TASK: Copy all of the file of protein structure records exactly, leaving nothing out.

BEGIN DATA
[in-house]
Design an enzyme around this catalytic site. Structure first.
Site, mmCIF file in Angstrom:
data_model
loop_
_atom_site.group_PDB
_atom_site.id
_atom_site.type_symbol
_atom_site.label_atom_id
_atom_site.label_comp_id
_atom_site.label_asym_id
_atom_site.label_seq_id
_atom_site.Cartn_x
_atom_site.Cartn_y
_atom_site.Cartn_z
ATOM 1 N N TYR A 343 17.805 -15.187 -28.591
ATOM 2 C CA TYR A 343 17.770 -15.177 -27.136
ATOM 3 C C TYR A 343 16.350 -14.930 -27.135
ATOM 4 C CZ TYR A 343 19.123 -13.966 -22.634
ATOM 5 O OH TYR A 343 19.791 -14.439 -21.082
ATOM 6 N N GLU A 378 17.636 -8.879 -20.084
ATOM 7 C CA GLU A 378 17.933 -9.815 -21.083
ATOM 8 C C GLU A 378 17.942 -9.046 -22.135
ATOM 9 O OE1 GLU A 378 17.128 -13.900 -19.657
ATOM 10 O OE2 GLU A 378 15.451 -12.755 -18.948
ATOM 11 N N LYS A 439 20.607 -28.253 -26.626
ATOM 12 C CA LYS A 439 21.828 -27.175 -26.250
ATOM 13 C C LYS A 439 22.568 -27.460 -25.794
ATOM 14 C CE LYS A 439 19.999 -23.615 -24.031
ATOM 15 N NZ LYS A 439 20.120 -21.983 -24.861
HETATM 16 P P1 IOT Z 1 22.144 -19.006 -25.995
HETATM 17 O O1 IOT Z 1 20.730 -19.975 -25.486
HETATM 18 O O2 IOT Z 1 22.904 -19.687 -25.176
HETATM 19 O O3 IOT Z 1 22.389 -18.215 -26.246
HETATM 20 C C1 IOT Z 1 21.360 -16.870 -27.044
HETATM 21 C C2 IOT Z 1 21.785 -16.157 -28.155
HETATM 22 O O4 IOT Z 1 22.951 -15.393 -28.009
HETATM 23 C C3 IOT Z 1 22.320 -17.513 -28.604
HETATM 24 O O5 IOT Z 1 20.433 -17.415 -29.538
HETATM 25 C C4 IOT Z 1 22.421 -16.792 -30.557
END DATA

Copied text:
[in-house]
Design an enzyme around this catalytic site. Structure first.
Site, mmCIF file in Angstrom:
data_model
loop_
_atom_site.group_PDB
_atom_site.id
_atom_site.type_symbol
_atom_site.label_atom_id
_atom_site.label_comp_id
_atom_site.label_asym_id
_atom_site.label_seq_id
_atom_site.Cartn_x
_atom_site.Cartn_y
_atom_site.Cartn_z
ATOM 1 N N TYR A 343 17.805 -15.187 -28.591
ATOM 2 C CA TYR A 343 17.770 -15.177 -27.136
ATOM 3 C C TYR A 343 16.350 -14.930 -27.135
ATOM 4 C CZ TYR A 343 19.123 -13.966 -22.634
ATOM 5 O OH TYR A 343 19.791 -14.439 -21.082
ATOM 6 N N GLU A 378 17.636 -8.879 -20.084
ATOM 7 C CA GLU A 378 17.933 -9.815 -21.083
ATOM 8 C C GLU A 378 17.942 -9.046 -22.135
ATOM 9 O OE1 GLU A 378 17.128 -13.900 -19.657
ATOM 10 O OE2 GLU A 378 15.451 -12.755 -18.948
ATOM 11 N N LYS A 439 20.607 -28.253 -26.626
ATOM 12 C CA LYS A 439 21.828 -27.175 -26.250
ATOM 13 C C LYS A 439 22.568 -27.460 -25.794
ATOM 14 C CE LYS A 439 19.999 -23.615 -24.031
ATOM 15 N NZ LYS A 439 20.120 -21.983 -24.861
HETATM 16 P P1 IOT Z 1 22.144 -19.006 -25.995
HETATM 17 O O1 IOT Z 1 20.730 -19.975 -25.486
HETATM 18 O O2 IOT Z 1 22.904 -19.687 -25.176
HETATM 19 O O3 IOT Z 1 22.389 -18.215 -26.246
HETATM 20 C C1 IOT Z 1 21.360 -16.870 -27.044
HETATM 21 C C2 IOT Z 1 21.785 -16.157 -28.155
HETATM 22 O O4 IOT Z 1 22.951 -15.393 -28.009
HETATM 23 C C3 IOT Z 1 22.320 -17.513 -28.604
HETATM 24 O O5 IOT Z 1 20.433 -17.415 -29.538
HETATM 25 C C4 IOT Z 1 22.421 -16.792 -30.557